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JOHN MOORE COLUMN: Calorie counters are ruining Thanksgiving

November 21, 2021 at 10:00 p.m. | Updated November 23, 2021 at 9:00 a.m.
JOHN MOORE

 

The journey the average Southern dad must take to arrive at his annual Thanksgiving meal is one filled with roadblocks and relatives. But with some effort, he can successfully navigate it.

Today, dad drives the family vehicle to a destination that mom negotiated in advance. But once upon a time, there was hope.

When dad was a kid, his parents loaded his sister and him into the backseat of the Buick and everyone went to grandma and grandpa's house. It was an annual pilgrimage (pun intended) that led to amazing home cooking (including pie) the Cowboys playing on TV, then more pie.

Kid: "Dad, why do we always have to leave home on Thanksgiving and Christmas?"

Dad: "It's a tradition, son. Moms and dads and their kids go to grandma and grandpa's, just like grandmas and grandpas did when they were little."

Kid: "So, when I grow up, my kids and their kids will come to my house and I can stay home then?"

Dad: "That's right, son. Here, grab this green bean casserole and load it into the car."

Kid: "I hate green bean casserole, dad."

Dad: "I know, son. I do too. But today, pretend that you like it. When you grow up, you can stay home and refuse to eat green bean casserole."

But, there should have been some clarification regarding how much 'growing up' had to be done before going over the river and through the woods became someone else's job.

Husband: "Honey, why do we always have to leave home for Thanksgiving and Christmas? When can everyone else come to our house instead of us having to travel?"

Wife: "It's a tradition. Moms and dads go to everyone else's house, just like they did when they were kids."

Husband: "Huh?"

Wife: "That's right. Here, grab this green bean casserole and load it into the car."

At least when you were a kid, no one worried about how many calories were in a Thanksgiving meal. Gluttony was practiced freely, openly and without guilt.

Today, we have to hear the obligatory holiday news report of how fattening the average Thanksgiving meal is.

This year's estimate: Between 3,000 and 4,500 calories. That's according to The Calorie Control Council.

I don't know which is worse. Still having to leave home or being told that tofu is preferable to turkey.

The worst part is neither one. It's the fact that we have a Calorie Control Council.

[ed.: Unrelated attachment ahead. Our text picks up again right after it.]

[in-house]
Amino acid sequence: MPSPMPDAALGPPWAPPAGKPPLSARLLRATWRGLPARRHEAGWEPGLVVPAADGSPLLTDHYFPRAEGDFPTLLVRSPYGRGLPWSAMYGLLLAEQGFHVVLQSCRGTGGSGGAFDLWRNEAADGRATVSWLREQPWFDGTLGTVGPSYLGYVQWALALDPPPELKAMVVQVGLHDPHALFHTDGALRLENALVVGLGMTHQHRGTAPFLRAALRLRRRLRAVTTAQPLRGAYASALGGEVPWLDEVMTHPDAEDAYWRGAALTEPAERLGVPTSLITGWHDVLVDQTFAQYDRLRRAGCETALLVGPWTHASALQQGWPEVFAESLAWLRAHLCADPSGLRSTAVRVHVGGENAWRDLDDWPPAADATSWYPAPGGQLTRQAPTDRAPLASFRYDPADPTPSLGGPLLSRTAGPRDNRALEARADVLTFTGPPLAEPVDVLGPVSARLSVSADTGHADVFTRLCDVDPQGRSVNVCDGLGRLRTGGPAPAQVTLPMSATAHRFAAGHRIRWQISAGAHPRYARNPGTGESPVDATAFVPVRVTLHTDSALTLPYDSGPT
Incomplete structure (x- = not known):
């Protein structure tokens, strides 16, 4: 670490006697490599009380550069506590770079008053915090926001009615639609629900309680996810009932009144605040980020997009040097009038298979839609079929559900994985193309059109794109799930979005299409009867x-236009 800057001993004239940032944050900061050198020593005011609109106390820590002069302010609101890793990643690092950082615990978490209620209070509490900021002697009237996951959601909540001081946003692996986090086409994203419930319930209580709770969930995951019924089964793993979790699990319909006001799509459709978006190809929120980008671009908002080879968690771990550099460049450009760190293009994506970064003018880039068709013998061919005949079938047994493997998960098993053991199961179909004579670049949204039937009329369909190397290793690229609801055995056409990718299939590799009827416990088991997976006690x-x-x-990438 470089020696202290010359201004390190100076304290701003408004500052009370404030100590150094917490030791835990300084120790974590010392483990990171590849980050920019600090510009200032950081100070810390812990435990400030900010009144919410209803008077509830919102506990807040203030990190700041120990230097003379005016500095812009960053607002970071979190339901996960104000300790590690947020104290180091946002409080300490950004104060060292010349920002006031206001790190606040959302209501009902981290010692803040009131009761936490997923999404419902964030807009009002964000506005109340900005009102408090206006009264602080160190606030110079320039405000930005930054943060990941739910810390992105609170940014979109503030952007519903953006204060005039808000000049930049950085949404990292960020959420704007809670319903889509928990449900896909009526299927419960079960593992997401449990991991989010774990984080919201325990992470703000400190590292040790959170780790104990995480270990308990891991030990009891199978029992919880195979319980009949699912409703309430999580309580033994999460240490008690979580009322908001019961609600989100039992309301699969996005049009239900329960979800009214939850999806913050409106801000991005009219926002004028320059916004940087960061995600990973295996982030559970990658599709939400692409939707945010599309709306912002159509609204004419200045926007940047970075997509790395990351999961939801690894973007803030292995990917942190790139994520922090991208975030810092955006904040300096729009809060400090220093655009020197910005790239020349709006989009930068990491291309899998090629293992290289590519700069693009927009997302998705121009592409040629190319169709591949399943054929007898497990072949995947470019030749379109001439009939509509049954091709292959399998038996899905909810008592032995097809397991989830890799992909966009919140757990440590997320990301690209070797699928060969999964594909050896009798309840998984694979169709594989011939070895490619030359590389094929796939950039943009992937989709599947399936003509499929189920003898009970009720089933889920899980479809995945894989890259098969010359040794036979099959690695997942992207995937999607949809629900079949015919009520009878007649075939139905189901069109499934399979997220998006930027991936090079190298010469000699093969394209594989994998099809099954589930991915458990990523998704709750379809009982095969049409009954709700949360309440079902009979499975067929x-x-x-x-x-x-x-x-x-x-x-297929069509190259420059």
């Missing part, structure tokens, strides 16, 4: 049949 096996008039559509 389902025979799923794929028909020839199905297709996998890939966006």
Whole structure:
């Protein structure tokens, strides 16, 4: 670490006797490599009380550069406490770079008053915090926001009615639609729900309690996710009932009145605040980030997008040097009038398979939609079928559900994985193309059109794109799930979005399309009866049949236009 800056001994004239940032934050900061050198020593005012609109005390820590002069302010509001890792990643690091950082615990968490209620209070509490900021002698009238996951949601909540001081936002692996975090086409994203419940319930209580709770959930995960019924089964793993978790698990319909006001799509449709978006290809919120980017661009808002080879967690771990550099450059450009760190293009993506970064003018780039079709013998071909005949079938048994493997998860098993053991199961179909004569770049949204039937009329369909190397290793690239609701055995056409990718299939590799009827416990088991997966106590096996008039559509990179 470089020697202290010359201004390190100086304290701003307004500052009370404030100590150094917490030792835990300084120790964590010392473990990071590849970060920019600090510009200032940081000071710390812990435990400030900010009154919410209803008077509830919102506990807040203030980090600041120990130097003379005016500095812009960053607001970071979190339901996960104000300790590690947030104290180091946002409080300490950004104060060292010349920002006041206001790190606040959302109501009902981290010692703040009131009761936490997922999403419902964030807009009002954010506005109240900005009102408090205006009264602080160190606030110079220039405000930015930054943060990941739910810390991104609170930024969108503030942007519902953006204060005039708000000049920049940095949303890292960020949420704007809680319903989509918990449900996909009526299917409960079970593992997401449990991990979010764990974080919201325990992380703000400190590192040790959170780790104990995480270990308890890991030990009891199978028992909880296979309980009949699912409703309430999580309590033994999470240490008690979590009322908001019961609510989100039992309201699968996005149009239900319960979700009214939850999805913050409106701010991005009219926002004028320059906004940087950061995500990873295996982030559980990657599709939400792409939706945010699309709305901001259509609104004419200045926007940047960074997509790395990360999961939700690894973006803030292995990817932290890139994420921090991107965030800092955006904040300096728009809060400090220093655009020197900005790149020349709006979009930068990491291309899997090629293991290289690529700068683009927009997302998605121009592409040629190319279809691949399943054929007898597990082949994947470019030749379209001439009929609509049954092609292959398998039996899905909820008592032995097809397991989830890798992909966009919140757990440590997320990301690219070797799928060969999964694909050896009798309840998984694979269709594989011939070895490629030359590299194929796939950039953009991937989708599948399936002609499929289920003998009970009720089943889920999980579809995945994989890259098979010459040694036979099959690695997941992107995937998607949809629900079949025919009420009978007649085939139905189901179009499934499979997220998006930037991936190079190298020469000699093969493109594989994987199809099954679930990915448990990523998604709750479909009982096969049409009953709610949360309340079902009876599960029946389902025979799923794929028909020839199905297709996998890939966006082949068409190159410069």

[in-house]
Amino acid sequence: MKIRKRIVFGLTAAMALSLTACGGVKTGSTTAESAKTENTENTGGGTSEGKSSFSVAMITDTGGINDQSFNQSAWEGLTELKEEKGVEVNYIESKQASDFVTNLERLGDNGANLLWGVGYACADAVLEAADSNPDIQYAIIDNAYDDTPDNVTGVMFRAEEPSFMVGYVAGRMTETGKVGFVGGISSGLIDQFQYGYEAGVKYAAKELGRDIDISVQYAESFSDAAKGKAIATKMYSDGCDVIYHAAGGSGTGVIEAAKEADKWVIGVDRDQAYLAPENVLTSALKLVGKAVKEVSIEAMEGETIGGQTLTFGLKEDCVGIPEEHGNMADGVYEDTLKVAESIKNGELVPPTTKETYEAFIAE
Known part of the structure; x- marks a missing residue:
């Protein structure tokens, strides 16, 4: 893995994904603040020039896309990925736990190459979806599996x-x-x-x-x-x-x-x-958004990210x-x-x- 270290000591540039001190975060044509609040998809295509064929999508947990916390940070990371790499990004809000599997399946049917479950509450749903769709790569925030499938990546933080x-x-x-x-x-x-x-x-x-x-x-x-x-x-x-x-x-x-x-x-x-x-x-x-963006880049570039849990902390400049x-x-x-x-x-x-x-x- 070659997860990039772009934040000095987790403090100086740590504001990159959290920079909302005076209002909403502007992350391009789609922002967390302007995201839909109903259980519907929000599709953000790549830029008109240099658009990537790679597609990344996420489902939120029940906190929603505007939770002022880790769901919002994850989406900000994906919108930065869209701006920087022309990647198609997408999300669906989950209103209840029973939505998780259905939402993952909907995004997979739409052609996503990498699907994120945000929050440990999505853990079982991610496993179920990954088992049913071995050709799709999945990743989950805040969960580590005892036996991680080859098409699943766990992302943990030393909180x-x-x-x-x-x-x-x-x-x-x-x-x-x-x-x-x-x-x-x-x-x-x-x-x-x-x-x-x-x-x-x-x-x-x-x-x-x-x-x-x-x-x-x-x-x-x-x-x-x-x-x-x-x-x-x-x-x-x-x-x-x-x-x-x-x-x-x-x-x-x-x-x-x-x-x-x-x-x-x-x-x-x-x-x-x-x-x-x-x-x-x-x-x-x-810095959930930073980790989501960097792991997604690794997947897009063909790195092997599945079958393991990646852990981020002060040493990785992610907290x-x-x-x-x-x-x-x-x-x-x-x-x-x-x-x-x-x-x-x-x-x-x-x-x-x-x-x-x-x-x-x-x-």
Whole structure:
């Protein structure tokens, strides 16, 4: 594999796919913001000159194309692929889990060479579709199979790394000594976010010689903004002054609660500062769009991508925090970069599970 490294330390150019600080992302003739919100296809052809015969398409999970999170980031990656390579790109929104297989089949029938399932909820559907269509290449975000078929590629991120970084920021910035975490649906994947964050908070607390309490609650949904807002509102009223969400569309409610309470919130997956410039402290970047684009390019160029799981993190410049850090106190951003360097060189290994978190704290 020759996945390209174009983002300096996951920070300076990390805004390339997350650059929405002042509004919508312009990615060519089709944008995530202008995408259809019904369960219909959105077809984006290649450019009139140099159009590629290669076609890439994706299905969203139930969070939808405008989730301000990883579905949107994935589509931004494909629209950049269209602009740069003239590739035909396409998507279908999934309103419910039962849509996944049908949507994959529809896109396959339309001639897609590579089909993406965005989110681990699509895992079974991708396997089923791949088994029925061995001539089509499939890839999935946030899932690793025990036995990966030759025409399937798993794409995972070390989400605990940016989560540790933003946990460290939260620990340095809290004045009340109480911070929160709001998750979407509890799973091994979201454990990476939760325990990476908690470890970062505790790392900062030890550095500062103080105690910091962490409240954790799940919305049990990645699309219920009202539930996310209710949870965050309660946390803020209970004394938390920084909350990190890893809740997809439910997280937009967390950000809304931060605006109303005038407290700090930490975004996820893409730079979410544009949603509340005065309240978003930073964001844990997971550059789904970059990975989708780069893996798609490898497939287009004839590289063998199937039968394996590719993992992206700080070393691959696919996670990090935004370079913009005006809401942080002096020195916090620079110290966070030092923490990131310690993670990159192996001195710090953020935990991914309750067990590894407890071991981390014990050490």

Since CalorieControl.org felt it necessary to tell us about the sins of enjoying good food, let's see what the numbers actually say.

Four slices of roasted turkey has about 190 calories and 6 grams of fat. That's not too bad. But, ham seems to be. Three slices of Porky is around 345 calories and 21 grams of fat.

If you're in the South, you may find that a wise man in the family smoked a brisket. It's a good compromise at 291 calories and 15 grams of fat for three slices.

What about that carrot-raisin salad that Aunt Nelda only makes during the holidays? Just one cup of that has 419 calories and 30 grams of fat.

And they told us to eat our vegetables.

Eggnog is something I always look forward to. But according to the calorie cops, we should avoid eggnog. One cup of that (and a cup isn't much) has 439 calories and 19 grams of fat.

What about dessert? Well, hands down, my favorite is pie.

In a previous column I used this space to argue (successfully, I believe) that pie is better than cake. And there's no better time of year to enjoy pie than at Thanksgiving.

Every woman in the family shows up with their favorite recipe for a different pie. And that's a good thing. The tough part is trying to beat the other men in the family to the pie table.

Much like my definition of a cup of eggnog is different than an actual measuring cup (I prefer a 55-gallon drum), a slice of pie is different for me than it is for some of the other fellas in our brood.

Wife: "Where are you going?"

Me: "I'm going to get pie."

Wife: "You haven't touched your green bean casserole. You can't have pie yet."

Me: "I'm a grown man. If I want to skip green bean casserole and head straight to the pie, I can."

Wife: "No you can't."

Me: "Why not?"

Wife: "Your brother-in-law just got the last of it."

With nothing left except mince pie (different from mincemeat pie), the husband decides to skip dessert. Besides, according to the pie patrol, mince pie is too fattening. A slice (one-eighth of a 9-inch mince pie) has 434 calories and 16 grams of fat.

It's looking more and more as if I'll never be able to stay home for Thanksgiving. Also, regardless of where we go each year for the holidays the menu selection continues to narrow. That is, if I read and follow the Calorie Control Council's recommendations.

So, I've made a decision. Next year, I'm going to give up something.

Reading.

©2021 John Moore

(John Moore is a 1980 graduate of Ashdown High School who lived in Texarkana and worked at KTFS Radio during the 1980s. John's new book, Puns for Groan People, and his books, Write of Passage: A Southerner's View of Then and Now Vol. 1 and Vol. 2, are available on his website, TheCountryWriter.com. His weekly John G. Moore Podcast appears on Spotify and iTunes. You can email him through his website at TheCountryWriter.com.)

There’s no better time of year to enjoy pie — if you can ignore the calories — than at Thanksgiving. Every woman in the family shows up with their favorite recipe for a different pie. And that’s a good thing. (Photo by John Moore)
There’s no better time of year to enjoy pie — if you can ignore the calories — than at Thanksgiving. Every woman in the family shows up with their favorite recipe for a different pie. And that’s a good thing. (Photo by John Moore)

Print Headline: JOHN MOORE COLUMN: Calorie counters are ruining Thanksgiving

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